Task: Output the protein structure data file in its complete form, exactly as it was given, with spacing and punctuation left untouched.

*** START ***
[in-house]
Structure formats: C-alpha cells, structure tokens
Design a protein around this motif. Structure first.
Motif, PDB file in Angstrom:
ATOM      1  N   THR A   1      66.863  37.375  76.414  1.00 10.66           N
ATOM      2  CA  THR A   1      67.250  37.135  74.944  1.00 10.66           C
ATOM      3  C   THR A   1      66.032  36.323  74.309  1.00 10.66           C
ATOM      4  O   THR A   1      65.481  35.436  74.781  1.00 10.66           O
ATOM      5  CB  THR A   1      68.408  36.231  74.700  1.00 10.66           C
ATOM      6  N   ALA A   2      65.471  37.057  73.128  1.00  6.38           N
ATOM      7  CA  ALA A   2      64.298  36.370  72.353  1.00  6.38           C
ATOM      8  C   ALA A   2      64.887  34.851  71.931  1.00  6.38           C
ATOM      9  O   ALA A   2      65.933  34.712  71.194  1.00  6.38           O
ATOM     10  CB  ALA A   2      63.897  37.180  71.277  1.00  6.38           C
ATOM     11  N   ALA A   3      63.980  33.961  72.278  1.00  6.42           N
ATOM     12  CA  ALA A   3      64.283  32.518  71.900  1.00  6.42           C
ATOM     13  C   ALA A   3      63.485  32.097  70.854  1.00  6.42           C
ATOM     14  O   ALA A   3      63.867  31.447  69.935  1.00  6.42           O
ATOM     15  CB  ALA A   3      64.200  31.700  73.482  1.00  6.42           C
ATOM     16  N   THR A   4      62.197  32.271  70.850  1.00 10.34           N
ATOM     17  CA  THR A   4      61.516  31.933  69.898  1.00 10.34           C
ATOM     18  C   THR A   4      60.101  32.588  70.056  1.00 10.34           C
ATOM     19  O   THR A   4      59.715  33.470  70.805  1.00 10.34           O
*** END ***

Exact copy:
[in-house]
Structure formats: C-alpha cells, structure tokens
Design a protein around this motif. Structure first.
Motif, PDB file in Angstrom:
ATOM      1  N   THR A   1      66.863  37.375  76.414  1.00 10.66           N
ATOM      2  CA  THR A   1      67.250  37.135  74.944  1.00 10.66           C
ATOM      3  C   THR A   1      66.032  36.323  74.309  1.00 10.66           C
ATOM      4  O   THR A   1      65.481  35.436  74.781  1.00 10.66           O
ATOM      5  CB  THR A   1      68.408  36.231  74.700  1.00 10.66           C
ATOM      6  N   ALA A   2      65.471  37.057  73.128  1.00  6.38           N
ATOM      7  CA  ALA A   2      64.298  36.370  72.353  1.00  6.38           C
ATOM      8  C   ALA A   2      64.887  34.851  71.931  1.00  6.38           C
ATOM      9  O   ALA A   2      65.933  34.712  71.194  1.00  6.38           O
ATOM     10  CB  ALA A   2      63.897  37.180  71.277  1.00  6.38           C
ATOM     11  N   ALA A   3      63.980  33.961  72.278  1.00  6.42           N
ATOM     12  CA  ALA A   3      64.283  32.518  71.900  1.00  6.42           C
ATOM     13  C   ALA A   3      63.485  32.097  70.854  1.00  6.42           C
ATOM     14  O   ALA A   3      63.867  31.447  69.935  1.00  6.42           O
ATOM     15  CB  ALA A   3      64.200  31.700  73.482  1.00  6.42           C
ATOM     16  N   THR A   4      62.197  32.271  70.850  1.00 10.34           N
ATOM     17  CA  THR A   4      61.516  31.933  69.898  1.00 10.34           C
ATOM     18  C   THR A   4      60.101  32.588  70.056  1.00 10.34           C
ATOM     19  O   THR A   4      59.715  33.470  70.805  1.00 10.34           O